210930 elephants in kimana sanctuary 2

Some days we take small steps, other days they’re more like jumps. Today we’re very excited to announce a jump.

You might be familiar with the Kimana Sanctuary. Right in the heart of the Amboseli ecosystem, it is a critical link in one of the last corridors for elephants and other animals to move between Amboseli National Park and the Tsavo ecosystem.

The Sanctuary was created in 1996 as one of the first community-owned wildlife sanctuaries in East Africa, but mismanagement of early tourism enterprises led to their failure. For more than a decade the Sanctuary stood still, a forgotten paradise that received few visitors.

Conservation-related benefits were minimal, leading to growing impatience among the Sanctuary’s 844 collective landowners. Something needed to change, and in 2018 Big Life and Sheldrick Wildlife Trust took over management of the Sanctuary.

Slowly, we dusted it off and picked it up. We purchased and upgraded the infrastructure through support from the D.N. Batten Foundation and UNDP/Global Environment Facility, but we knew that long-term success depended on increasing income to landowners.

We renovated a guest house, created campsites, and fixed up the road network. Visitors started to trickle in, and then flow. Revenue increased, but still we relied on our partners and donors to fund most of the costs of conserving the Sanctuary.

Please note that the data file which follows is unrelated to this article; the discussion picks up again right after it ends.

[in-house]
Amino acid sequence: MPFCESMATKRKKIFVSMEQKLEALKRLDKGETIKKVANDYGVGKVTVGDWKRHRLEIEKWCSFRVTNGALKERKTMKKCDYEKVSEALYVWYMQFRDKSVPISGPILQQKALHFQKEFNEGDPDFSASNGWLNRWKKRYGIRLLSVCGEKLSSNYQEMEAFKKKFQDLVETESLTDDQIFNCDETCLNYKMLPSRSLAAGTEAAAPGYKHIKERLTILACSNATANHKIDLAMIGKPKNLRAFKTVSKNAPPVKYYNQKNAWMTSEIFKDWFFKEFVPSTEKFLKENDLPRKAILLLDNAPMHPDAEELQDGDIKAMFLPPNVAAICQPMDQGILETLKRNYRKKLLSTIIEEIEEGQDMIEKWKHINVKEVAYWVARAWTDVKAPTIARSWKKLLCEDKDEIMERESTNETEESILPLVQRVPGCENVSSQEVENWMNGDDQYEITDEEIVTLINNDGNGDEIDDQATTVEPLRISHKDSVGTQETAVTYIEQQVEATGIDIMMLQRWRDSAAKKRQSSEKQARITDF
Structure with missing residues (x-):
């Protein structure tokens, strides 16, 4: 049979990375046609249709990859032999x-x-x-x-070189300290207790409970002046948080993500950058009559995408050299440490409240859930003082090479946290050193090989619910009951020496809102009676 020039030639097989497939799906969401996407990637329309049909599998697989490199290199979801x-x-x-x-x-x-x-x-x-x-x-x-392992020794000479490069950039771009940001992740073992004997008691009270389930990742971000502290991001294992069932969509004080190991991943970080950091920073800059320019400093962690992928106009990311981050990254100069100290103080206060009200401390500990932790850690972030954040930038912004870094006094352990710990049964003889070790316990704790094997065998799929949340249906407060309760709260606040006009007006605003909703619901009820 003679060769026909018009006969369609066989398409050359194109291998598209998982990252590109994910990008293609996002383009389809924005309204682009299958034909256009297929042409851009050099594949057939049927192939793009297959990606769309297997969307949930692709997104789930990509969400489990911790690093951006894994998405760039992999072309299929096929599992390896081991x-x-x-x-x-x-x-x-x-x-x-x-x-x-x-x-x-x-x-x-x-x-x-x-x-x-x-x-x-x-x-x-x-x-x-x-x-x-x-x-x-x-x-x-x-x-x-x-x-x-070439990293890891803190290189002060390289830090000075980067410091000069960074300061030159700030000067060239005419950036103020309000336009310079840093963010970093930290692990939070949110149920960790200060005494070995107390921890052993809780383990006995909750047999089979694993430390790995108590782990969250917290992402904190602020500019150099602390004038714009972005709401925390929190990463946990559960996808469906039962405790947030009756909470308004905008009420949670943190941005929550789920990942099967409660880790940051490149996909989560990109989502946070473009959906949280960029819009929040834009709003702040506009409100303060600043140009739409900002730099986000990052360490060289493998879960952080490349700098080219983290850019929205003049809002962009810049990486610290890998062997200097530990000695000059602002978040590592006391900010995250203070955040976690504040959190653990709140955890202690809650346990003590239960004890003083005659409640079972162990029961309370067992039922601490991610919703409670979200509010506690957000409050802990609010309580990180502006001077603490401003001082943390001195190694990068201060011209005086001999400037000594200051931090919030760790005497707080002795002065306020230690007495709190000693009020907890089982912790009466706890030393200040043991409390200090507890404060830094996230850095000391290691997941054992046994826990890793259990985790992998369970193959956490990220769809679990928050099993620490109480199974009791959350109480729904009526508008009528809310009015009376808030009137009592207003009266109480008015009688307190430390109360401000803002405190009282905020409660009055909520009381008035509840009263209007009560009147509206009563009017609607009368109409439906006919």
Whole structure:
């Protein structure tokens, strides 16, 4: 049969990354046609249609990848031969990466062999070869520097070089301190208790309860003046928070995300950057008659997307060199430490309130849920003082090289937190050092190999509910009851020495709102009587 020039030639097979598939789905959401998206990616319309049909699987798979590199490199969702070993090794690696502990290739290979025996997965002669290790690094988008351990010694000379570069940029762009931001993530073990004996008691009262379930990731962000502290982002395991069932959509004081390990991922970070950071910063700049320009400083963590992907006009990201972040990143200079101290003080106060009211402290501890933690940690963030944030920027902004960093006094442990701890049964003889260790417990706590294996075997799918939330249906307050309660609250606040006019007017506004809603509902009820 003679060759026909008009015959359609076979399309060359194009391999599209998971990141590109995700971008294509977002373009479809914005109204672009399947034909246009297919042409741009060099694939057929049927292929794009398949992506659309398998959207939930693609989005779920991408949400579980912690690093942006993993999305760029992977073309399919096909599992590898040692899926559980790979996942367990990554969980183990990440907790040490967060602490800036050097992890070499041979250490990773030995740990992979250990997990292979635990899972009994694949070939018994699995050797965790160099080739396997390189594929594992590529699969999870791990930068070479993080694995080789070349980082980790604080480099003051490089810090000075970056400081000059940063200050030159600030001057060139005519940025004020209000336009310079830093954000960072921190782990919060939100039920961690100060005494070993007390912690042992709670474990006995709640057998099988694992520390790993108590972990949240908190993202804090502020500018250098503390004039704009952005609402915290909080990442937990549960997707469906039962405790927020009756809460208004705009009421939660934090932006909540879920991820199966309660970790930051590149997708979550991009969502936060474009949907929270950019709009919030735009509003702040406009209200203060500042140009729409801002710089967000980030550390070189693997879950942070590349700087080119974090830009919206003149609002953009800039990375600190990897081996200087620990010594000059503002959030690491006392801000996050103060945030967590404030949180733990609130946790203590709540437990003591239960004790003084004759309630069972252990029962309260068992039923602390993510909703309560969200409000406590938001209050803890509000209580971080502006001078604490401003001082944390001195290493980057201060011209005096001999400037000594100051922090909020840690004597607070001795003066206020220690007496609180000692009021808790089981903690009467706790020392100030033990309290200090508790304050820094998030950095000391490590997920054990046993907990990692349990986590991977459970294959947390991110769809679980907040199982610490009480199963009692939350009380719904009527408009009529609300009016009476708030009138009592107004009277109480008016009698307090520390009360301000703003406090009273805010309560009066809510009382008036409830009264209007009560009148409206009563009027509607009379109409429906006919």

That is about to change through an exciting partnership with Angama, owners and operators of Angama Mara safari lodge in the Maasai Mara. A sub-lease agreement will give Angama tourism access to the Sanctuary, with resulting revenue streams that will allow Kimana Sanctuary to become self-sufficient, simultaneously covering its own running costs and increasing income to its landowners.

Big Life will retain the head lease and management responsibilities, and Sheldrick Wildlife Trust will continue its support through funding for community rangers (until such time that these costs can be covered by tourism revenue), alongside the financing of land leases in conservancies elsewhere in the Kimana corridor.

This is truly cause for celebration, a moment that changes the future. It’s a clear example that where wildlife thrives, tourism will follow, creating sustained revenue that can protect important wildlife refuges for years to come.

It’s a model that we will pursue in the other areas where we work across Amboseli, to achieve our goal of building local economies that rely on conservation, not destruction, of nature.

Photo: Jeremy Goss